Wednesday, December 7, 2011

Handicapping the MLS offseason: The Western Conference, Part II

So if we began with the West's five cake-toppers, the creme de la creme, those marching at the head of the column, now it's time for the stragglers. The teams which heeded the call to Go West Young Man but in some cases looked old, decrepit and tired instead and limped across the finish line in the worst of cases. But hope, much like Brad Friedel's legs, springs eternal. So take heed, take hope fans. 2012 is a new year for these four. And hopefully a very, very new year for those populating BC Place.

Er... what now?
Portland Timbers
How they finished: 11-14-9; 6th in the West; missed postseason
Where they're good: It's fitting we begin with Portland. If there's such a thing as a success story that closes the final chapter on the last day of the regular season instead of embedded somewhere in the playoffs, this is what we've got. The homefield advantage stole some thunder from Seattle's "12th Man" bit, making Jeld-Wen, for what it is, the closest thing to a roaring jet engine as we have in MLS. That helped. So did the reemergence of Jack Jewsbury and his pinpoint crosses and free kicks. Jewsbury is a traveled vet having done most of his heavy lifting in Kansas City, but the Timbers' captain had a career year with seven goals and eight assists. I doubt very much his ability to continue this pace, but it was nice to see. Darlington Nagbe appears to be a star in the making at best and a solid contributor to the starting XI at worst. I like this team toward the top, especially Diego Chara and Jorge Perlaza. Both had flighty moments but for a small-market team still splashing onto the scene, they'll do for now as attacking options. There were even times when Sal Zizzo, with all his pizzaz and assuredness coming forward, looked to be the next keen MLS call-up from Klinsi.

What they need: Like most expansion sides, the Timbers struggled to maintain control through midfield as the pace livened from lower rungs. A steady, calm influence to offset all the pace would be nice. As good as Jewsbury is in dead ball situations, he's equally unfit to push tempo in the run of play and looks lost at times when the flow quickens. No question that with the dearth of pure attacking talent, Portland's focus this offseason should be to reclaim a modicum of control in the middle. Attacker Kalif Alhassan perfectly embodies where Portland needs to improve. For all the raw talent he possesses, harnessing it and purifying it into a useable state proved elusive for the Ghanian who somehow failed to find the back of the net in 2011. All the pent-up energy in the world won't keep him from careening into a dangerous space, making all of Jeld-Wen crane forward only to watch him slip, knock on a poor through ball or just lose it. Kenny Cooper is a lost cause. He was a ball and chain for this group for most of the season, and his lack of ability to keep pace was exposed continually. At the back, I always thought Portland could've used an enforcer at CB. I'll never forget Eric Brunner's weak Rockettes scissor kick over Lamar Neagle's shoulder that gave away the ultimate game-winner against Seattle back in July. Come low and come hard.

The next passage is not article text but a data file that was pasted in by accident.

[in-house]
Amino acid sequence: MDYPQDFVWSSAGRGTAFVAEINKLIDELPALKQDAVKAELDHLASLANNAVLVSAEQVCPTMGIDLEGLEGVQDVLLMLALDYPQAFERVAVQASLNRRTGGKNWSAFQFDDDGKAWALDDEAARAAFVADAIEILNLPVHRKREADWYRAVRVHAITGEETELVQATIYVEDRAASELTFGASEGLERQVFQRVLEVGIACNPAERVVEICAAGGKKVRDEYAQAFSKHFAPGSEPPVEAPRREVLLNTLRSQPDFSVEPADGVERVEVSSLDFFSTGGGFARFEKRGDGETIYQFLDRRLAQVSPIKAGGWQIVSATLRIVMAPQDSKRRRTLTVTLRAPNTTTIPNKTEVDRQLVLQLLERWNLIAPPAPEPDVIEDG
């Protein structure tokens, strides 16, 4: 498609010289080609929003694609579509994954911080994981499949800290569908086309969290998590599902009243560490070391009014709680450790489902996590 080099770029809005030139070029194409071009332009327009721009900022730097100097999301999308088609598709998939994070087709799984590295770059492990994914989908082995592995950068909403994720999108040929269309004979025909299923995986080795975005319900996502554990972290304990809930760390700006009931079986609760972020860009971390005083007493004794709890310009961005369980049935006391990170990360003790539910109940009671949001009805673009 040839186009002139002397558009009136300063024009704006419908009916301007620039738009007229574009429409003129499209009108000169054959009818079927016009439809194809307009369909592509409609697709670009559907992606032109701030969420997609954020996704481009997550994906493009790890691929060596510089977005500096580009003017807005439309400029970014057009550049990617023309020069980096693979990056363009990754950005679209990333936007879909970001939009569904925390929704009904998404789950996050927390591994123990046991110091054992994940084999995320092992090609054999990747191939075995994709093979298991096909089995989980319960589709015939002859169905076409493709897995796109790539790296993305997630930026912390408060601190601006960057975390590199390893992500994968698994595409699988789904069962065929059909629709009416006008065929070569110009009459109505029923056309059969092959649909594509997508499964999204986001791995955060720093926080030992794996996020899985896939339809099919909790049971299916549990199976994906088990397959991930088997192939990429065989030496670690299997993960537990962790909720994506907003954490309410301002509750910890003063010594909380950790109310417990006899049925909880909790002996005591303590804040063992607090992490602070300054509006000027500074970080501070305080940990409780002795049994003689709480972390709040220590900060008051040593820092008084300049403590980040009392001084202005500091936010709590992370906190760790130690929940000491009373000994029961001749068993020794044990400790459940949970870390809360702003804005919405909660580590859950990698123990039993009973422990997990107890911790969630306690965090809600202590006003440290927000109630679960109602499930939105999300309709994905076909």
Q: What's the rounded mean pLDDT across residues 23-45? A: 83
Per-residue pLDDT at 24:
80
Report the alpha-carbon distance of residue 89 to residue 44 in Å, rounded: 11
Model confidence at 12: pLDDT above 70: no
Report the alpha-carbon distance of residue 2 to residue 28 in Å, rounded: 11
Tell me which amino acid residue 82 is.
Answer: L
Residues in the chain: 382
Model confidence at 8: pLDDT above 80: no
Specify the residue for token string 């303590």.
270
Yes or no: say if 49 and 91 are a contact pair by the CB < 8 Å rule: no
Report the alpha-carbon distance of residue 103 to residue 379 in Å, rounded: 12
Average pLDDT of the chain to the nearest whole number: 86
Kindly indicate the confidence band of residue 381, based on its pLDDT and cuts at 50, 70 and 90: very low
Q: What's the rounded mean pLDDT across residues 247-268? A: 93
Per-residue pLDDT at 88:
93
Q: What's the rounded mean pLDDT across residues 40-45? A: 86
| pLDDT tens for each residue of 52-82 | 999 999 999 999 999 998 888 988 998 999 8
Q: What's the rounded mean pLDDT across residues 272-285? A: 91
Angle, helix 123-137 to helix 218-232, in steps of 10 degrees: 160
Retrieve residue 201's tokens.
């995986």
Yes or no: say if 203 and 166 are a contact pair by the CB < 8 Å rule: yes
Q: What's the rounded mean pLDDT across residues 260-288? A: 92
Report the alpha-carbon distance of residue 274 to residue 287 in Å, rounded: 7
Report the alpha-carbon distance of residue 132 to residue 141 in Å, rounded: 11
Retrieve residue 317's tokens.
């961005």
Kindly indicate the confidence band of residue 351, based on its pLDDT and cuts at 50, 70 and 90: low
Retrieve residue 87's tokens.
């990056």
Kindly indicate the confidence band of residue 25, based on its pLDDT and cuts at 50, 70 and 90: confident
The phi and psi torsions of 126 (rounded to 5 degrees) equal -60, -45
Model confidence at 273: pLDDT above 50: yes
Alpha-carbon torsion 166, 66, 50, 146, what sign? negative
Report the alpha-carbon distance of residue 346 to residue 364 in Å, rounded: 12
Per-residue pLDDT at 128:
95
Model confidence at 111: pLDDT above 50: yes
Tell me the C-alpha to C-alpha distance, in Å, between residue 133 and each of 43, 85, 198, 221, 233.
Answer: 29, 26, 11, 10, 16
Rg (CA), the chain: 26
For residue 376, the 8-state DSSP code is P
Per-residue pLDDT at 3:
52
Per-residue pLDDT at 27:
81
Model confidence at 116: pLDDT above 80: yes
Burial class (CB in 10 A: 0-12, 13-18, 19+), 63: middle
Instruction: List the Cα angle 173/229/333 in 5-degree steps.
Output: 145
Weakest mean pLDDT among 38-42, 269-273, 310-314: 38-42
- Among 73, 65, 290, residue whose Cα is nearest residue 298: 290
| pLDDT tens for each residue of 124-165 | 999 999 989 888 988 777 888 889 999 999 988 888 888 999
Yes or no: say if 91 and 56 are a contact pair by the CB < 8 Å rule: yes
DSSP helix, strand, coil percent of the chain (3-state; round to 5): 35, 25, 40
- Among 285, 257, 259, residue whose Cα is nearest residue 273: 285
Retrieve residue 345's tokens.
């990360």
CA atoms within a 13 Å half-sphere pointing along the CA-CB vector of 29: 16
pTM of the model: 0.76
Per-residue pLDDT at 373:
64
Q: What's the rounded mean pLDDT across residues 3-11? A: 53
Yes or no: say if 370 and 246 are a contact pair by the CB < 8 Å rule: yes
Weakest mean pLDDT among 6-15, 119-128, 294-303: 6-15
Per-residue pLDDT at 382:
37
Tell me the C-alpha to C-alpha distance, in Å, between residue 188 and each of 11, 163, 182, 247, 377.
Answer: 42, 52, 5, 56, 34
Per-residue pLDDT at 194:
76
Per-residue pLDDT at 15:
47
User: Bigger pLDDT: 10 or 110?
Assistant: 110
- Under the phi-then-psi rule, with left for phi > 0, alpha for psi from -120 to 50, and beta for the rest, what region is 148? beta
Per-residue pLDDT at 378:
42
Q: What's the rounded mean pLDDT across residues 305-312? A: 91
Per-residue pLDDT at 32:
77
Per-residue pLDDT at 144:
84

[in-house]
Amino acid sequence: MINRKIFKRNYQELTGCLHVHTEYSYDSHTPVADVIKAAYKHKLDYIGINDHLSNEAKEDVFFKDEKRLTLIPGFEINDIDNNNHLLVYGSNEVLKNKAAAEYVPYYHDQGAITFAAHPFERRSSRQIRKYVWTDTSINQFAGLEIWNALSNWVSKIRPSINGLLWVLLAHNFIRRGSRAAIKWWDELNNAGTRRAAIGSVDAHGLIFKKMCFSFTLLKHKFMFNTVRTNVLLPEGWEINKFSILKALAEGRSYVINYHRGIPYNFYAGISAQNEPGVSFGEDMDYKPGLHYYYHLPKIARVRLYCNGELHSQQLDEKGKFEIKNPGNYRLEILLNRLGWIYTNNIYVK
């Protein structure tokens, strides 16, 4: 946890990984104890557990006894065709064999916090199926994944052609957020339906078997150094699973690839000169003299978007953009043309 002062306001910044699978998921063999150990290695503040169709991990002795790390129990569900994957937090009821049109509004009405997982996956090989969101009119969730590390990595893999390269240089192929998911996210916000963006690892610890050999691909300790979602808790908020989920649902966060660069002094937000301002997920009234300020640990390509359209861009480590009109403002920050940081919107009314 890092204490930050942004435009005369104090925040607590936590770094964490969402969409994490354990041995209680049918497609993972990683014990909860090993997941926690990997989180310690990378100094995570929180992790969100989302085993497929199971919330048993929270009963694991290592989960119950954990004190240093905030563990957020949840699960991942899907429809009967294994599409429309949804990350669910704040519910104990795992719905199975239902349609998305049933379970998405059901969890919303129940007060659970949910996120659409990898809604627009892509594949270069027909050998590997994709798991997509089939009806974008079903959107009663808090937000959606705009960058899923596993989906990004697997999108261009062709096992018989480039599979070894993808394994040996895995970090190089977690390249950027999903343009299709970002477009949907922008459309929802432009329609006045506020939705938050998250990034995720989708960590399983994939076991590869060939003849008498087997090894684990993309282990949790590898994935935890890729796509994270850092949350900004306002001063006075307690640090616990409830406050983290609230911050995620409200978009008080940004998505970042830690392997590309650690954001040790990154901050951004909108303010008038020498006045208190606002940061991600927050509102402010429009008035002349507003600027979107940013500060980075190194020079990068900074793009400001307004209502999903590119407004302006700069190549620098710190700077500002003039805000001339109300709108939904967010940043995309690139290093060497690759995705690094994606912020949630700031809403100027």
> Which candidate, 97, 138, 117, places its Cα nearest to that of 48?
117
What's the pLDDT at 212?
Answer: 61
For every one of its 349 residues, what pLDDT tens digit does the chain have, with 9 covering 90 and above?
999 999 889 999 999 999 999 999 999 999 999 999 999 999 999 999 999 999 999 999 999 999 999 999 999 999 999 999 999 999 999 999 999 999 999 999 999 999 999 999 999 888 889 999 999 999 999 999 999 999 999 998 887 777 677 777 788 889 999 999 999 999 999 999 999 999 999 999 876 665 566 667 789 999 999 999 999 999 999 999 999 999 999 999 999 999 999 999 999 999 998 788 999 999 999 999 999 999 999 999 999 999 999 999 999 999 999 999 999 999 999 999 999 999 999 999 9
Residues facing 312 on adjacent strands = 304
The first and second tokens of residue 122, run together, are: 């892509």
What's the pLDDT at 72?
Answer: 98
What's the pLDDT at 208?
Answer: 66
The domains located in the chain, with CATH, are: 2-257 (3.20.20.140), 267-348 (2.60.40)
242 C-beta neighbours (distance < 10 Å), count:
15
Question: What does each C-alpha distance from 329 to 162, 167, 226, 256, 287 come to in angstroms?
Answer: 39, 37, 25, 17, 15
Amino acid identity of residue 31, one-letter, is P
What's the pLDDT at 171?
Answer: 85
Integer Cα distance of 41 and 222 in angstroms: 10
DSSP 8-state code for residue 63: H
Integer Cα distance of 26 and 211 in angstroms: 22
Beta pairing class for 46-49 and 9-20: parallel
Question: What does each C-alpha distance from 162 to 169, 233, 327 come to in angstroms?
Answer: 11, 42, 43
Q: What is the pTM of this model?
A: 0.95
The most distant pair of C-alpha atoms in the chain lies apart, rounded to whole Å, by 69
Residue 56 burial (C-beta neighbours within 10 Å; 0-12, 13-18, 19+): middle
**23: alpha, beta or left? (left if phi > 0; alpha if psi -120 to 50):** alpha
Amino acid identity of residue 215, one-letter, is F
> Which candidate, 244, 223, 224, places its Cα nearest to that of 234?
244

Degree of difficulty rating: 6

San Jose Earthquakes
How they finished: 8-12-14; 7th in the West; missed postseason